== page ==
Myanmar Bangladesh Crisis Myanmar Bangladesh Crisis

CARE is providing urgent food and assistance to refugees

CARE is providing urgent food and assistance to refugees

Conflict in Rakhine State, Myanmar, has affected over one million people and more than 865,000 people have fled to neighbouring Bangladesh.

More than three quarters of those refugees have arrived in the last six months alone. Children account for more than half of the people who have fled to Bangladesh. And tragically, more than one thousand of those children have arrived alone, without either of their parents. They are exhausted, hungry, and desperate.

Their situation is dire and without our help, the suffering will not end.

What is CARE doing? 

“Every day that passes means that people are at risk of being forgotten,” says Zia Choudhury, CARE Bangladesh’s Country Director. “It is vital that we continue our support, particularly ahead of the monsoon rains. In Cox’s Bazar, close to the Myanmar border, families are sleeping in fields and on muddy paths. They have nowhere else to go. The people who have fled Rakhine State are in desperate need of clean drinking water, food, medical help and a safe place to sleep.”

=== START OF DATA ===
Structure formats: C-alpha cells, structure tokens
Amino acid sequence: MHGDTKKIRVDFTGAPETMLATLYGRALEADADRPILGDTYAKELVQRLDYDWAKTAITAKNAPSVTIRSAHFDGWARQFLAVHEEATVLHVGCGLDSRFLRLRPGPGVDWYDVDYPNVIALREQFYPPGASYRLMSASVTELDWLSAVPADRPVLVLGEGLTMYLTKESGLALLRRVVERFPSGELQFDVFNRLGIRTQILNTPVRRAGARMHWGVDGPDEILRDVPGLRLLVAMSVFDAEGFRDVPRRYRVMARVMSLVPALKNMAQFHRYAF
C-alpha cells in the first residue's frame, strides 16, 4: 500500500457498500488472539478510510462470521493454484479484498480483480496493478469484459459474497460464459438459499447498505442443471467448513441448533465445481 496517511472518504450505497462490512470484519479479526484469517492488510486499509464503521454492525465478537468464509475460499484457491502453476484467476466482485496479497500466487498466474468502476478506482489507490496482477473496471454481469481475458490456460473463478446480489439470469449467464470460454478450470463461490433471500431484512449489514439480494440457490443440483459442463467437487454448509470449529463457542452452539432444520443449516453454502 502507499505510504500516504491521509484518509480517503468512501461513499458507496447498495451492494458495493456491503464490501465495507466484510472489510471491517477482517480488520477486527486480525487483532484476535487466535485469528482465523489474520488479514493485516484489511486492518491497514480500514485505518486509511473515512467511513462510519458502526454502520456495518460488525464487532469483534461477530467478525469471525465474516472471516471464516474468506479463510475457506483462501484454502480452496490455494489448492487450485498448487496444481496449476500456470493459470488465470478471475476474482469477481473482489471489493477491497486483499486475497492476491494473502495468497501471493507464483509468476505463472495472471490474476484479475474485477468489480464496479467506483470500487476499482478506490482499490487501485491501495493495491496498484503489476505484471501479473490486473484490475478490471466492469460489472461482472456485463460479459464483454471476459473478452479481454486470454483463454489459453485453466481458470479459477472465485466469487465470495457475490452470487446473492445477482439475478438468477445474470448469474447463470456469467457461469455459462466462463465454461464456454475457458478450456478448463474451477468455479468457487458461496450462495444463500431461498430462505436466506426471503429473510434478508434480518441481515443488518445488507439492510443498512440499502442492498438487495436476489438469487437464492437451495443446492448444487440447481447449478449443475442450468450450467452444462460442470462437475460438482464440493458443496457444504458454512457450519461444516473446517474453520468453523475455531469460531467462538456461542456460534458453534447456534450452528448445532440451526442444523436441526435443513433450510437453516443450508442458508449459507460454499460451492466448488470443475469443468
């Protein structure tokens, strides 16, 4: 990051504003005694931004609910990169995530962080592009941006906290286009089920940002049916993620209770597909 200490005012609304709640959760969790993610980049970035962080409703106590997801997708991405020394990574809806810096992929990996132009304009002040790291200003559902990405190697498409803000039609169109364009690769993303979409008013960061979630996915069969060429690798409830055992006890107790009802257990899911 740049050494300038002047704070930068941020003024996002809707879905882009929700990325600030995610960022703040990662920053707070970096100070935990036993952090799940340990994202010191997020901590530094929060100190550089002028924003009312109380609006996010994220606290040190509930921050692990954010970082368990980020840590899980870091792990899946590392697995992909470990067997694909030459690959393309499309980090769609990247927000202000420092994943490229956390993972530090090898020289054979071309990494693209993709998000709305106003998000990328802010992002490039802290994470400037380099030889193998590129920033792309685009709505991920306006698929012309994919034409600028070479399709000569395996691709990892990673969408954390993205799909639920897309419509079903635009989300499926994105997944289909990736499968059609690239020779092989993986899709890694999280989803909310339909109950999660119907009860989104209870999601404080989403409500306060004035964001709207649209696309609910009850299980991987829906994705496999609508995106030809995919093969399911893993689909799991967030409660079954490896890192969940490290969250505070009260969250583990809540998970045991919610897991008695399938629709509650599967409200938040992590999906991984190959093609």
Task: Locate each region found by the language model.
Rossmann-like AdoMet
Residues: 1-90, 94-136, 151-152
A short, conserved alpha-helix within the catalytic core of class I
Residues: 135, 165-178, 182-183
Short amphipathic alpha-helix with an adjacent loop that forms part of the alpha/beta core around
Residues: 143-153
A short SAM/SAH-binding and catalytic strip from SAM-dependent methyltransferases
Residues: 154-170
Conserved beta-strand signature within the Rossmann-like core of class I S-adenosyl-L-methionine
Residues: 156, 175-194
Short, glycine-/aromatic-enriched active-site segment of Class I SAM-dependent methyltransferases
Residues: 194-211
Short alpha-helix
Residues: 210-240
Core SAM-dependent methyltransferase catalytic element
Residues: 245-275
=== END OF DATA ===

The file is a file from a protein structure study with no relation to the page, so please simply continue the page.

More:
CARE has been working in the refugee camps since the beginning of the crisis and has reached more than 192,000 people with with emergency shelter, medical support, clean water, nutritious food, and other relief services.

Watch an update from Balukhali camp in Bangladesh on the six month anniversary of the crisis:

Read more about our progress in the Myanmar Refugee Program Overview.

Please donate to help people affected by conflict in Rakhine State.

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Donate by phone

Call 1800 020 046 toll free and pay by credit card. Donations over $2 are tax deductible. Should the funds raised through an emergency appeal exceed the amount required to meet the immediate and longer term needs of the people in the affected areas, or if there are changes in circumstances beyond CARE’s control which limit its ability to utilise all funds in the affected areas, CARE will direct excess funds to other emergency relief activities in the future.